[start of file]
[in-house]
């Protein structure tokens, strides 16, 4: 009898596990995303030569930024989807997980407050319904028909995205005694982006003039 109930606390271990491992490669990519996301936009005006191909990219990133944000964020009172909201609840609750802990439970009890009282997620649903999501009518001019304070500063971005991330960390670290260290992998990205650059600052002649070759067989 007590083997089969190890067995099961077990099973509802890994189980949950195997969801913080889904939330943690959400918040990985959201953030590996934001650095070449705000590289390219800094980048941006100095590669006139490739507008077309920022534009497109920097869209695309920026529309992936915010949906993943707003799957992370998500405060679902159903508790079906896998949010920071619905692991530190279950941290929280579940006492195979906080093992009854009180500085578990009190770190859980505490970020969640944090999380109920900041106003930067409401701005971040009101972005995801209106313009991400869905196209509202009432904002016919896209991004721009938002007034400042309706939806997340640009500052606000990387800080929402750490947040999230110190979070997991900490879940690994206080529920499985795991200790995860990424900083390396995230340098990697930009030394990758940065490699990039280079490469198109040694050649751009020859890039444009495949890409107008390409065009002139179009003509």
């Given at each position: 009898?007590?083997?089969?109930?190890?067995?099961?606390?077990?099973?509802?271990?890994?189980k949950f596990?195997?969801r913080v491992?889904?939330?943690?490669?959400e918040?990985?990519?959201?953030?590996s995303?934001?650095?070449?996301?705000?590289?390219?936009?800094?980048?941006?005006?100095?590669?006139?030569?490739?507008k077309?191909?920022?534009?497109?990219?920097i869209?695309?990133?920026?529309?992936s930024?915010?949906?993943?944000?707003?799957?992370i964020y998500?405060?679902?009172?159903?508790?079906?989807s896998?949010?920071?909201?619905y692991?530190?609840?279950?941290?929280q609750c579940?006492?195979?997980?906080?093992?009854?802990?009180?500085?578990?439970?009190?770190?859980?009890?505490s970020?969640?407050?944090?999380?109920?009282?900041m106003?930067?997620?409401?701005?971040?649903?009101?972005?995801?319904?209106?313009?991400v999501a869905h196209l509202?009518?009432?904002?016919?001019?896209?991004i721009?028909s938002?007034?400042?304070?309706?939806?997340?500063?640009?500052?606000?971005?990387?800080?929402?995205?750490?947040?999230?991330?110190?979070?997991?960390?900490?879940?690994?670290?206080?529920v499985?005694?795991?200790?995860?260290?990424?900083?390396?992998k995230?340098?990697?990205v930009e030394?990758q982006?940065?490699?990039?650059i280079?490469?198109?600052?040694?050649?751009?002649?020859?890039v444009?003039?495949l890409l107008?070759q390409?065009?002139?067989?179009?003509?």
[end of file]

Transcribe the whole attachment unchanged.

[in-house]
């Protein structure tokens, strides 16, 4: 009898596990995303030569930024989807997980407050319904028909995205005694982006003039 109930606390271990491992490669990519996301936009005006191909990219990133944000964020009172909201609840609750802990439970009890009282997620649903999501009518001019304070500063971005991330960390670290260290992998990205650059600052002649070759067989 007590083997089969190890067995099961077990099973509802890994189980949950195997969801913080889904939330943690959400918040990985959201953030590996934001650095070449705000590289390219800094980048941006100095590669006139490739507008077309920022534009497109920097869209695309920026529309992936915010949906993943707003799957992370998500405060679902159903508790079906896998949010920071619905692991530190279950941290929280579940006492195979906080093992009854009180500085578990009190770190859980505490970020969640944090999380109920900041106003930067409401701005971040009101972005995801209106313009991400869905196209509202009432904002016919896209991004721009938002007034400042309706939806997340640009500052606000990387800080929402750490947040999230110190979070997991900490879940690994206080529920499985795991200790995860990424900083390396995230340098990697930009030394990758940065490699990039280079490469198109040694050649751009020859890039444009495949890409107008390409065009002139179009003509």
């Given at each position: 009898?007590?083997?089969?109930?190890?067995?099961?606390?077990?099973?509802?271990?890994?189980k949950f596990?195997?969801r913080v491992?889904?939330?943690?490669?959400e918040?990985?990519?959201?953030?590996s995303?934001?650095?070449?996301?705000?590289?390219?936009?800094?980048?941006?005006?100095?590669?006139?030569?490739?507008k077309?191909?920022?534009?497109?990219?920097i869209?695309?990133?920026?529309?992936s930024?915010?949906?993943?944000?707003?799957?992370i964020y998500?405060?679902?009172?159903?508790?079906?989807s896998?949010?920071?909201?619905y692991?530190?609840?279950?941290?929280q609750c579940?006492?195979?997980?906080?093992?009854?802990?009180?500085?578990?439970?009190?770190?859980?009890?505490s970020?969640?407050?944090?999380?109920?009282?900041m106003?930067?997620?409401?701005?971040?649903?009101?972005?995801?319904?209106?313009?991400v999501a869905h196209l509202?009518?009432?904002?016919?001019?896209?991004i721009?028909s938002?007034?400042?304070?309706?939806?997340?500063?640009?500052?606000?971005?990387?800080?929402?995205?750490?947040?999230?991330?110190?979070?997991?960390?900490?879940?690994?670290?206080?529920v499985?005694?795991?200790?995860?260290?990424?900083?390396?992998k995230?340098?990697?990205v930009e030394?990758q982006?940065?490699?990039?650059i280079?490469?198109?600052?040694?050649?751009?002649?020859?890039v444009?003039?495949l890409l107008?070759q390409?065009?002139?067989?179009?003509?």